By Dana Hess
For the S.D. Newspaper Association
Two candidates seeking the Republican nomination for governor did not differ much on the issues, instead used most of a debate to offer their qualifications for the office.
The debate between U.S. Rep. Kristi Noem and S.D. Attorney General Marty Jackley took place Saturday at the annual convention of the South Dakota Newspaper Association.
The debate was moderated by Mark Roby, retired publisher of the Watertown Public Opinion and the Aberdeen American News. Reporters questioning the candidates included Seth Tupper of the Rapid City Journal, Stu Whitney of the Sioux Falls Argus Leader, Robert Slocum of the Timber Lake Topic and Brianna Schreurs of the Collegian at South Dakota State University.
“I think really, when you look at it, who’s ready to take over the role of being the next governor of South Dakota, these races tend to come down to experience,” Noem said, noting that she has been prepared through her experiences in farming, business, serving in the state Legislature and in the U.S. Congress.
“When you look at executive experience, I’ve had the opportunity to learn that firsthand as a partner running a Main Street business, to learn it as your United States Attorney, as your attorney general and as chairman of the nation’s attorney generals,” Jackley said.
Asked what it means to be a Republican, Noem said it was a belief in a smaller government role in the lives of its citizens.
“Republicans look to balance budgets, pay off debts, give people more freedom and opportunities,” said Noem. “It’s a little bit of a challenge being a conservative in Washington, D.C., because of the things that are going on.”
“I’m a Republican because I believe in limited government,” Jackley said. “I’m a Republican because I believe that we need to protect taxpayer dollars and balance our budget.”
Both candidates said they would work to strengthen education in South Dakota, work to broaden the economy if the Internet sales tax lawsuit fails, bolster the agricultural economy, work on housing, jobs and Internet connectivity as a means for keeping more young people in the state and continue to combat human trafficking.
The candidates agreed that if elected governor they would likely sign a constitutional carry law that allows citizens to carry handguns without a permit.
Noem said gun rights are under fire. “We are at war at the national level,” she said.
Jackley said the legislation contains protections to keep handguns out of the hands of people convicted of a violent crime, a drug crime or those treated for a mental health issue.
“Yes, I will sign that legislation because it protects our Second Amendment rights, it protects our communities,” Jackley said.
Throughout the debate, Jackley asserted that the federal government in Washington, D.C., isn’t solving its citizens’ problems, calling for the state to come up with “South Dakota solutions.”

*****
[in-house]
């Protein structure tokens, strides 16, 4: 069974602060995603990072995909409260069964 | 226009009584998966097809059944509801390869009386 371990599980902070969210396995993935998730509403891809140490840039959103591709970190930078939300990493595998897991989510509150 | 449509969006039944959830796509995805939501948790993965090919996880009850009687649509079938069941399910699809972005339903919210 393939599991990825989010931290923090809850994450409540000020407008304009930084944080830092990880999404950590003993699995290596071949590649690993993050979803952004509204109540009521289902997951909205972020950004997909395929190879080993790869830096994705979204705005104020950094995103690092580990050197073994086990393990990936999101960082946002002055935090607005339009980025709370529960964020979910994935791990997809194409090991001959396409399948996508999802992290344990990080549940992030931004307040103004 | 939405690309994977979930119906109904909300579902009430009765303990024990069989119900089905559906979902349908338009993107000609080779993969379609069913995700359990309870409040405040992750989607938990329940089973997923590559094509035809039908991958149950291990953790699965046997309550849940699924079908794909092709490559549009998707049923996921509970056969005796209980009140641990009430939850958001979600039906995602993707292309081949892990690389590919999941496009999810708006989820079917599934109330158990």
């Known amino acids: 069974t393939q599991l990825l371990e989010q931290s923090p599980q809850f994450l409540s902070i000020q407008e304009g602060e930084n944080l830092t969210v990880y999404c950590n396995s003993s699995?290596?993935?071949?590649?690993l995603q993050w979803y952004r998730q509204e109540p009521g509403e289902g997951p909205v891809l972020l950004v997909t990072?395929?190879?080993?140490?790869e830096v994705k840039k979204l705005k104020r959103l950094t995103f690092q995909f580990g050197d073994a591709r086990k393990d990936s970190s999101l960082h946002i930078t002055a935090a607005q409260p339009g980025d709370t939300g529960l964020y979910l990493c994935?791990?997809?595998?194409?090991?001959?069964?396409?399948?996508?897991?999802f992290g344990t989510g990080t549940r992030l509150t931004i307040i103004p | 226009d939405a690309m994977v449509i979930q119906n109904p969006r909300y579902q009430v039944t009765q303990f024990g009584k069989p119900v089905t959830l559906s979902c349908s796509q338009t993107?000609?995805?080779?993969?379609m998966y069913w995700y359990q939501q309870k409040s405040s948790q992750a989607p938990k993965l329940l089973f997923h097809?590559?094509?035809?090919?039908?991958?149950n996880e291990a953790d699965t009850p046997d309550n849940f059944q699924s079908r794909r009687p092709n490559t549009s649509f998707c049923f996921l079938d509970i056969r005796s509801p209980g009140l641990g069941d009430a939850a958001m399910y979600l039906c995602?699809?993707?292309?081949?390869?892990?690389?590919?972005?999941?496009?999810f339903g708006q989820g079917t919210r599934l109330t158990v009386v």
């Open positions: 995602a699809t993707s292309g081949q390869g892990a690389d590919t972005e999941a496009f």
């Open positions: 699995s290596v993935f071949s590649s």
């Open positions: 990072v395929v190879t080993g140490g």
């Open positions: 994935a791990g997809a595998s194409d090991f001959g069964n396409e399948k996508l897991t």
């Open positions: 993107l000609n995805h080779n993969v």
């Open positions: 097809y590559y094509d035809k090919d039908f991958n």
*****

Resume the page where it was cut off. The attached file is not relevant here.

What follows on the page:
This tactic wasn’t lost on South Dakota’s sole representative in the House.
“I know Marty’s talking a lot about Washington and he’s kind of hoping as he throws mud at Washington, it sticks to me, but my record on this is clean,” Noem said, noting her vote against the recent $1.3 trillion spending bill.
While both candidates said that the federal government isn’t doing all it can to help South Dakotans, they both had praise for President Donald Trump. Jackley said the president’s plan for a southern border wall will help combat methamphetamine and opioid addiction. Noem praised the tax cut championed by the president, saying that it put $2,400 more in the pocket of each South Dakota family of four.
Both candidates called on the memory of former Gov. George Mickelson and his efforts to build reconciliation between whites and the state’s Native American population.
“I’m a mom,” Noem said. “I know how those moms on the reservation feel when they see that the opportunities for their kids are limited. We, years ago, talked about South Dakota having a reconciliation opportunity with our tribes and I think that’s in front of us again.”
Jackley noted his relationships with the tribes and his appointment of special assistant attorneys general in tribal law enforcement to enhance cooperation.
“I think it’s based upon that relationship I’ve built with them that a reconciliation like Gov. Mickelson envisioned can and will happen under a Jackley administration,” the attorney general said.
Asked how the state could avoid future scandals like EB-5 and Gear Up, Jackley noted that those were federal programs. He said since those scandals he has sponsored legislation to protect whistleblowers and better regulate state agencies using federal funds.
Noem noted that the money from the federal programs was administered by the state.
“We’ve been making headlines for scandal and mismanagement and million dollar settlements,” Noem said. “We should be making headlines for the wonderful things that we’re doing in the state.”
The candidates disagreed on how to tackle the state’s problems with Noem taking issue with Jackley’s history of forming task forces to address issues.
“You don’t have to form more government in order to listen to people,” Noem said. “I’m a big believer that you don’t have to go forward and create a new task force to address an issue.”
Jackley said it was a practice he would continue as governor.
“I will put the right people together in task forces,” Jackley said. “That’s not more government. That’s utilizing citizens to be able to help make government better, to make government more transparent.”
The winner of the Republican nomination for governor will face Democrat Billie Sutton in the fall. Sutton does not face a primary challenger. The winner of the general election will replace Gov. Dennis Daugaard who is term limited.